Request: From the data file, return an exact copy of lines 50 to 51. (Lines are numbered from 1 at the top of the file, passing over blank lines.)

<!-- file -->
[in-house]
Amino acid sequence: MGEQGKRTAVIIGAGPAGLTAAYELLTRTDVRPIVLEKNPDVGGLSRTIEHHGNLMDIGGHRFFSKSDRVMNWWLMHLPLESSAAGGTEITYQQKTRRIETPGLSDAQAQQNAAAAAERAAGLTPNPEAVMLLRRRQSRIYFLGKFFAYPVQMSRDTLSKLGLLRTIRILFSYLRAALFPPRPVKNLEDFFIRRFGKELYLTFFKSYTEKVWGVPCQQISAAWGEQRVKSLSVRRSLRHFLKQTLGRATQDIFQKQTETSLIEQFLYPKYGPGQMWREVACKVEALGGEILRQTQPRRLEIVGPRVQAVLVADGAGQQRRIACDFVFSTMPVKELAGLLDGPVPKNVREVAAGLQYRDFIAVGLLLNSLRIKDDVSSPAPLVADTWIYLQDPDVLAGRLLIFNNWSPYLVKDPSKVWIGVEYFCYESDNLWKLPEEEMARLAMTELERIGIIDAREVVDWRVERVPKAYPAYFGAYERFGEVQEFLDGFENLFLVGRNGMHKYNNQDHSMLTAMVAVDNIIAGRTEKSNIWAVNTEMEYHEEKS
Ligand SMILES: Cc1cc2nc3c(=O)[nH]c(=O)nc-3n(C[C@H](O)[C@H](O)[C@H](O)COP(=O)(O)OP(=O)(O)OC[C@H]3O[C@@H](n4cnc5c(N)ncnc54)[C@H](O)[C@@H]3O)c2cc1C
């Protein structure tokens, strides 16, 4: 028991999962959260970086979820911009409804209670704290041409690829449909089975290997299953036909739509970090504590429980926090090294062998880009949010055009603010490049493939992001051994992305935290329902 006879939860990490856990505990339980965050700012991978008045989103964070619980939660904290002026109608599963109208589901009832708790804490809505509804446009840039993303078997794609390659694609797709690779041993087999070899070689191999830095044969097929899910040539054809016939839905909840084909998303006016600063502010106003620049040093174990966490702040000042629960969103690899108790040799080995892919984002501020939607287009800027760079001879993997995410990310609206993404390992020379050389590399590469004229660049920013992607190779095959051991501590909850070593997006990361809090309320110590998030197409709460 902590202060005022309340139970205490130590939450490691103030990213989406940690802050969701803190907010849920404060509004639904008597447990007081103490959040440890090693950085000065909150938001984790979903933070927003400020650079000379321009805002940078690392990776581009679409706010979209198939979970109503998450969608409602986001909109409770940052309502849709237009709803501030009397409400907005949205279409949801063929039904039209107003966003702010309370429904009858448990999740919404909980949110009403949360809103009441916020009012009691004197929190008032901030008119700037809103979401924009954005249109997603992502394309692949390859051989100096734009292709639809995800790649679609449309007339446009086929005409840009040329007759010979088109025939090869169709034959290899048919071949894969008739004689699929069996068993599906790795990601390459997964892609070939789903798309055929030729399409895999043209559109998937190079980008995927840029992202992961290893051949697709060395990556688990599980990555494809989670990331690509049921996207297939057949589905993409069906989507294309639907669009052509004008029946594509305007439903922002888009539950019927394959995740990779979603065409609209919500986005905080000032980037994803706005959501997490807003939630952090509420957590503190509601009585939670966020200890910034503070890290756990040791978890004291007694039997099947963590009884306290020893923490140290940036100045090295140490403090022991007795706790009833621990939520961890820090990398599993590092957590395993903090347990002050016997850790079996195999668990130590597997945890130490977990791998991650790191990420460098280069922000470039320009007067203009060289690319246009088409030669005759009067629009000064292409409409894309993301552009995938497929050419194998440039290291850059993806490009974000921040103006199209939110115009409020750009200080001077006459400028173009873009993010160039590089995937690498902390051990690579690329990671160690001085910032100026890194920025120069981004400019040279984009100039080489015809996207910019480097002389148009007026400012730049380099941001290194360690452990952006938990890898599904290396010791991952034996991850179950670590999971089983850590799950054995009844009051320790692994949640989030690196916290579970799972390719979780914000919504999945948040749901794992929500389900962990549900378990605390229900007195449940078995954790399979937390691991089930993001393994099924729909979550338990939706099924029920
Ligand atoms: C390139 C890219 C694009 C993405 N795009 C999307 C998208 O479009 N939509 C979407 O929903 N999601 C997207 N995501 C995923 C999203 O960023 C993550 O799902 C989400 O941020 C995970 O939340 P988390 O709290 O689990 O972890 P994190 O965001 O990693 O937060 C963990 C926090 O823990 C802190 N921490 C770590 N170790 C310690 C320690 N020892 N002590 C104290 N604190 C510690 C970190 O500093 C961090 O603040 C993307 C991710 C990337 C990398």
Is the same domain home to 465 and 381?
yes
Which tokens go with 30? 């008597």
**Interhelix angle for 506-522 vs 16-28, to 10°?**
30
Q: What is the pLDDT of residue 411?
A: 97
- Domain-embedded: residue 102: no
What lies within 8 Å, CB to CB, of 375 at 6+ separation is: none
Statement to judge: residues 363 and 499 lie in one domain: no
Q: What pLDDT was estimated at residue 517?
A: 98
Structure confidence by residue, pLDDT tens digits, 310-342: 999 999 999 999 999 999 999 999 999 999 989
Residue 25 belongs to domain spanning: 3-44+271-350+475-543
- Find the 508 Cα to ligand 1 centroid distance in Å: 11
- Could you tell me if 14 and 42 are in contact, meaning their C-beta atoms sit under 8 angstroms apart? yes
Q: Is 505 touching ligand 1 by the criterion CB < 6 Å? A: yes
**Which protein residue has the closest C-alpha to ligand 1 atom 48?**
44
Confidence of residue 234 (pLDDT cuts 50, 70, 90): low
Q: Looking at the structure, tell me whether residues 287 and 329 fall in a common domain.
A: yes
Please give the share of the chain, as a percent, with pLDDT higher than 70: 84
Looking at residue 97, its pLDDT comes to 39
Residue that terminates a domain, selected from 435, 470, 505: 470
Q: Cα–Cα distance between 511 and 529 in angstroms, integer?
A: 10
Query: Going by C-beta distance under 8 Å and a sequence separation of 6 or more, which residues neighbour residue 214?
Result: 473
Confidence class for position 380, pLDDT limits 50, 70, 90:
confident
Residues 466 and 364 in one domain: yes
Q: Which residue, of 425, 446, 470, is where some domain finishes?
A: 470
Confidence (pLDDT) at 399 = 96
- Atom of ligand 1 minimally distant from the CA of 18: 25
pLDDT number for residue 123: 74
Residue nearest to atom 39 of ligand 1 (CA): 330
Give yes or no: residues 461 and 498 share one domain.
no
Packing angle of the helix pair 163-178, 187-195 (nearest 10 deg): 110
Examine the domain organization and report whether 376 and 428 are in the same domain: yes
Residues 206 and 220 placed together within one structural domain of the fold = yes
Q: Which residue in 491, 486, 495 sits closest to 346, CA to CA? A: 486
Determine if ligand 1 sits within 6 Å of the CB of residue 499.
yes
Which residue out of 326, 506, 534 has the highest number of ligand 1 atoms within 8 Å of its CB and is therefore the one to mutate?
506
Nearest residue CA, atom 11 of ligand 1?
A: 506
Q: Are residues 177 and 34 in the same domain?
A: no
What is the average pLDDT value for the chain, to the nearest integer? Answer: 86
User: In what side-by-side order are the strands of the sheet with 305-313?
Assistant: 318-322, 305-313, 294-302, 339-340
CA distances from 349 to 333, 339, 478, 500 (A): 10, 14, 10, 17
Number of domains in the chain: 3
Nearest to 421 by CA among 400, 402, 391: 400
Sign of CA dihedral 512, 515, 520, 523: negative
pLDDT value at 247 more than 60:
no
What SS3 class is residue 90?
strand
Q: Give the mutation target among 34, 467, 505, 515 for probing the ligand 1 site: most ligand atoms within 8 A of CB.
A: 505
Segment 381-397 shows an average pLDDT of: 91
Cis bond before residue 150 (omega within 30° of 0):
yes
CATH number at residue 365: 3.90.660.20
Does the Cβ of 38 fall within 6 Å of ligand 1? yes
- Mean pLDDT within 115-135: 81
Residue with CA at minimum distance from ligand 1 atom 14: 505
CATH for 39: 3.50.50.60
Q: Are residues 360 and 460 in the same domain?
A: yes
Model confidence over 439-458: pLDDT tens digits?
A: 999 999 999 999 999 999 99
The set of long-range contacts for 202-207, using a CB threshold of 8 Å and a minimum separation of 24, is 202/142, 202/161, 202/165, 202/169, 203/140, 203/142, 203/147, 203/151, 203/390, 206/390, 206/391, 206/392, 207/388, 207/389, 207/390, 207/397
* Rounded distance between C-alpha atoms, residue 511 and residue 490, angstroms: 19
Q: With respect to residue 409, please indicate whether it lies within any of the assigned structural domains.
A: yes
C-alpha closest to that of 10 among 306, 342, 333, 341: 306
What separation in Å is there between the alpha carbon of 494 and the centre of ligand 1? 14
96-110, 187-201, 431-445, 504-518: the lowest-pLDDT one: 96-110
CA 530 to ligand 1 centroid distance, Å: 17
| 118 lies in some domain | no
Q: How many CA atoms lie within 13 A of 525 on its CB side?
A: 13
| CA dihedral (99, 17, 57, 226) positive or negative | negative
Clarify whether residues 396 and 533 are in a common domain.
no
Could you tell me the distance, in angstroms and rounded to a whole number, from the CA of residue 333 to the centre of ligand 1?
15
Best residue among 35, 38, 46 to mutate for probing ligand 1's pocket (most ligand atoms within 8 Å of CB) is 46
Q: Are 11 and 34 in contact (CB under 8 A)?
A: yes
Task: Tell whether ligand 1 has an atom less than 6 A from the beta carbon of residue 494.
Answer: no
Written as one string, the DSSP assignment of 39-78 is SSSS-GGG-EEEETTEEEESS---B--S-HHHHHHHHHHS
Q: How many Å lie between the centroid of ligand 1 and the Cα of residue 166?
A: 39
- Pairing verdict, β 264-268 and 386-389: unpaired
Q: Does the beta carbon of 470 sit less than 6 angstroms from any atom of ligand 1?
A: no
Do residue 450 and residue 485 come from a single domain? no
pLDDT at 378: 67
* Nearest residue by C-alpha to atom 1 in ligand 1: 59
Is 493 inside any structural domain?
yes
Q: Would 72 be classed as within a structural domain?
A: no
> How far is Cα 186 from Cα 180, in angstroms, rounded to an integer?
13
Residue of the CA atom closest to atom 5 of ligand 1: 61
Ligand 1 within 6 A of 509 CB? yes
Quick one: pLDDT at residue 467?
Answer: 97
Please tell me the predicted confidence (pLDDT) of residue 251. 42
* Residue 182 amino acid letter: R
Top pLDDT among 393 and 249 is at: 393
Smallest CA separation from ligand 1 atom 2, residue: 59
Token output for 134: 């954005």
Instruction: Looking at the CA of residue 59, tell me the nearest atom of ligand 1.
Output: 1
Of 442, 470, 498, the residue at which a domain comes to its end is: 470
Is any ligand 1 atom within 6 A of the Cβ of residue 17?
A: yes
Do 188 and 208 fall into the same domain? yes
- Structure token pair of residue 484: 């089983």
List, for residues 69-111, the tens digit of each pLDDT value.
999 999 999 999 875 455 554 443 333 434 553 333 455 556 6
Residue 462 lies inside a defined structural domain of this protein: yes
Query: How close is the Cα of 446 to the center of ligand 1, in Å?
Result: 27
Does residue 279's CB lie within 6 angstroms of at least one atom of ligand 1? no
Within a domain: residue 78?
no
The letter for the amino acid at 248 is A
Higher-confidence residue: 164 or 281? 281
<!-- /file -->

Determine if ligand 1 sits within 6 Å of the CB of residue 499.
yes